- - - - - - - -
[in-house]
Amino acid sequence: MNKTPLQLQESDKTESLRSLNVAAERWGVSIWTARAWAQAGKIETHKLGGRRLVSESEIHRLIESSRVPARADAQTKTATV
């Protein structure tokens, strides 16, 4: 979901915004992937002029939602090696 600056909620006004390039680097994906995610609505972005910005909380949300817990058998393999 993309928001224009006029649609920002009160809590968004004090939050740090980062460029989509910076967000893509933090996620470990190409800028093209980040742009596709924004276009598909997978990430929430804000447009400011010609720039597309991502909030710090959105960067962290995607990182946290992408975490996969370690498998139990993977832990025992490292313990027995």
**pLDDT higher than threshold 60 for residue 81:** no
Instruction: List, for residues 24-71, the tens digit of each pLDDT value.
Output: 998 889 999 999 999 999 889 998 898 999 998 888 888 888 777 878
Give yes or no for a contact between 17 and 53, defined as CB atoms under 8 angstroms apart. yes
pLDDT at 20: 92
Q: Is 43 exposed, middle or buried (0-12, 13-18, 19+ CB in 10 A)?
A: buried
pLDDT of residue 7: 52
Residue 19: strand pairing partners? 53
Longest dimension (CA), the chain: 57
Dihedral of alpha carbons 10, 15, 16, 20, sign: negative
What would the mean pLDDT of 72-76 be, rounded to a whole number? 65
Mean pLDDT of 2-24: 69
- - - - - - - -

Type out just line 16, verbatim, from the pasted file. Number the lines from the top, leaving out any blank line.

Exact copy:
Mean pLDDT of 2-24: 69